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Local Dark Matter/A Hundred Years of Cosmic Rays

August 17, 2012

Congratulations to NASA on the successful August 6, 2012, landing of the Curiosity rover at Gale crater on Mars. Since I've already reviewed this rover and Gale crater in a previous article (Gale Crater, August 31, 2011), this article will be about other things astronomical. When Curiosity locates the Alchemists of Mars, I'll write another article.

The nature of dark matter is our current cosmic mystery. The dark matter mystery started in the 1930s, when astronomers discovered that our Milky Way Galaxy contained more mass than the sum of its stars. Observations of other galaxies, through measurement of their rotation rates and orbital velocities in clusters, showed the same effect.

This "missing mass" problem persists now, eighty years later, renamed as dark matter. True to its appellation, dark matter can't be observed by telescopes. It neither emits nor absorbs electromagnetic radiation. We can only infer its presence indirectly, as was done with the Wilkinson Microwave Anisotropy Probe. The measurements indicate that 83% of the matter in our present universe is dark matter.

It's been eighty years, but scientists should be confident that the mystery of dark matter will be solved. They just need to look at the history of cosmic rays, which were just as mysterious when they were discovered a hundred years ago. As usual, the big mystery of cosmic rays arose when some little mysteries were found to be linked. Alan Watson, emeritus professor of physics at the University of Leeds, has written an article on the history of cosmic rays in the current issue of Physics World.[1-2]

The first little mystery appeared in the 1780s, at the time when experiments on electrostatics were a popular pastime among physicists. French physicist Charles-Augustin de Coulomb, for whom the unit of electric charge is named, found that an isolated charged sphere in air would slowly lose its charge. This was curious, since air was supposed to be an insulator.[1] Years later, after the discovery of X-rays by Wilhelm Röntgen in 1895, it was found that air molecules would become charged upon X-ray exposure.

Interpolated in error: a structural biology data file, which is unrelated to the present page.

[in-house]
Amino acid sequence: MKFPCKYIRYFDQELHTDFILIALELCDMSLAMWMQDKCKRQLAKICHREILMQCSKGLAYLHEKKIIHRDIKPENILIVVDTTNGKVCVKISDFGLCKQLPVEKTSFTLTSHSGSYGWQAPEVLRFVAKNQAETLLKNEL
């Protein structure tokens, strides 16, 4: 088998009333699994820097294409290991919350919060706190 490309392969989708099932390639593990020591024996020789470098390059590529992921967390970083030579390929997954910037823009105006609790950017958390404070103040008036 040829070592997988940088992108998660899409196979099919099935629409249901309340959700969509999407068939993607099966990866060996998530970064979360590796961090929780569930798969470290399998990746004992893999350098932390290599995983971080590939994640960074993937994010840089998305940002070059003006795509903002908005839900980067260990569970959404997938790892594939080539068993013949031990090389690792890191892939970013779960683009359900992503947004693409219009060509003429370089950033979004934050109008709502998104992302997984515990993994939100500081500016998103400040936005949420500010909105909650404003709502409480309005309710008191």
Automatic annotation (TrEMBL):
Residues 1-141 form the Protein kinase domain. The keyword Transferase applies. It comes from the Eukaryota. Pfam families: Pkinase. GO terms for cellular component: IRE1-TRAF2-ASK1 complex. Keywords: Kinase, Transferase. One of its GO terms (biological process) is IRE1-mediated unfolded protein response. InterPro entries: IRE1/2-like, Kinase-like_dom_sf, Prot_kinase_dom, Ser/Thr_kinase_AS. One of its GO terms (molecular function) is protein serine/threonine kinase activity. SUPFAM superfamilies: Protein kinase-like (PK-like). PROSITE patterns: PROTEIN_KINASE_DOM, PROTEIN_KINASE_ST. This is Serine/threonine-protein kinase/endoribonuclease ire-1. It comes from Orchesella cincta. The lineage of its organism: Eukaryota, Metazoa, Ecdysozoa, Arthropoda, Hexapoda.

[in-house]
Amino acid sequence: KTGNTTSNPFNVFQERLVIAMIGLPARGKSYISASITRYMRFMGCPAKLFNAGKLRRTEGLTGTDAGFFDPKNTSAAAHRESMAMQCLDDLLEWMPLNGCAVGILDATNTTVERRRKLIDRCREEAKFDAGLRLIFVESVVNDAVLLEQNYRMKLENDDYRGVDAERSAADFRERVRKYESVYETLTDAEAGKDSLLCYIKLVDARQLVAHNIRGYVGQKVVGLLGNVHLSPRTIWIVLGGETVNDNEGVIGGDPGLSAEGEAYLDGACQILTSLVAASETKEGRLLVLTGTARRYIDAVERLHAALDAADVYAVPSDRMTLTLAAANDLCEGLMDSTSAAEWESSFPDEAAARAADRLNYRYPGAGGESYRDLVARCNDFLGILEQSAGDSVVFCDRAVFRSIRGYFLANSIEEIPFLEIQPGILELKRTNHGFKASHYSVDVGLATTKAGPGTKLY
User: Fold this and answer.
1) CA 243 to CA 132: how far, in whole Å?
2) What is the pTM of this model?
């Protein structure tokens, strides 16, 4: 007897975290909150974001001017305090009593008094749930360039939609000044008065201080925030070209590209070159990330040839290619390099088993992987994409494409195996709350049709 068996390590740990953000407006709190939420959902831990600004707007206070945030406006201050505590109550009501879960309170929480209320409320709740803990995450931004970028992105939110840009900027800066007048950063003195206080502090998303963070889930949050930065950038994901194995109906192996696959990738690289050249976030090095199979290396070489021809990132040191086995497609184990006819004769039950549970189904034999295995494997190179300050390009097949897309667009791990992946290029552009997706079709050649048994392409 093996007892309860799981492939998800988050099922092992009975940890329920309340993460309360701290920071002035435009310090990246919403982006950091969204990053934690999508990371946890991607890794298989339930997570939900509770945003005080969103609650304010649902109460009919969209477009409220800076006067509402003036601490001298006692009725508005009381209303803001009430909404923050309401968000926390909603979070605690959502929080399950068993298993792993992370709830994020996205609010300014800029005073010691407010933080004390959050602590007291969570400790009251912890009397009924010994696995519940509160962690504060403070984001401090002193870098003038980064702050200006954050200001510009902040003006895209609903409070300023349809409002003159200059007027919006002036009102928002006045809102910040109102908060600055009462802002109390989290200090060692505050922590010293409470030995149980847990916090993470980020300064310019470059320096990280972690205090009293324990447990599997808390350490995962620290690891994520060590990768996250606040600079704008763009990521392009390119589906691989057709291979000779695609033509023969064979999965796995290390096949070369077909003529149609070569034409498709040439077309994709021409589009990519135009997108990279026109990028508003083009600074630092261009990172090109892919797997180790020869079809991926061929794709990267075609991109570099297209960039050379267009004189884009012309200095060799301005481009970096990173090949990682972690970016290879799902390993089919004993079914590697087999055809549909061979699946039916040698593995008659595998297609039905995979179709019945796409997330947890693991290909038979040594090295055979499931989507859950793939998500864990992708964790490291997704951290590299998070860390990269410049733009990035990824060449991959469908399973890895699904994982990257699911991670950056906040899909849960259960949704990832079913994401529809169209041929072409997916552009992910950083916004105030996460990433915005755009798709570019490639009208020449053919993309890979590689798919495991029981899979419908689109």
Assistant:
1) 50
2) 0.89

An obvious experiment at that point would be to examine the charge state of air in a lead vessel. The lead, of course, would block radiation such as X-rays. Surprise! The air still became ionized. To determine whether this ionization was caused by a substance in the Earth, or elsewhere, the Austrian (eventually, American) scientist, Victor Hess, took a balloon to an altitude of five kilometers and found that the ionization happened at three times the rate at ground level. That was on August 7, 1912, and Hess shared the 1936 Nobel Prize in Physics for his discovery of "cosmic radiation."[1]

Figure caption

Victor Hess, returning from his balloon flight on August 7, 1912.

(American Physical Society photograph, via Wikimedia Commons)

Cosmic rays are nuclei of the elements that apparently travel at near-light-speeds for millions of years before they reach the Earth. That puts the source of cosmic rays at quite a distance, and the source has not been identified.[1] In the category of what are the chances of that, there was one famous cosmic ray, a platinum nucleus, that was detected in 1975 and at first thought to be a magnetic monopole.[3] There are quite a few cosmic ray observatories in operation, today, trying to locate the source of the highest energy cosmic rays, but we know much more about them than a hundred years ago.[1]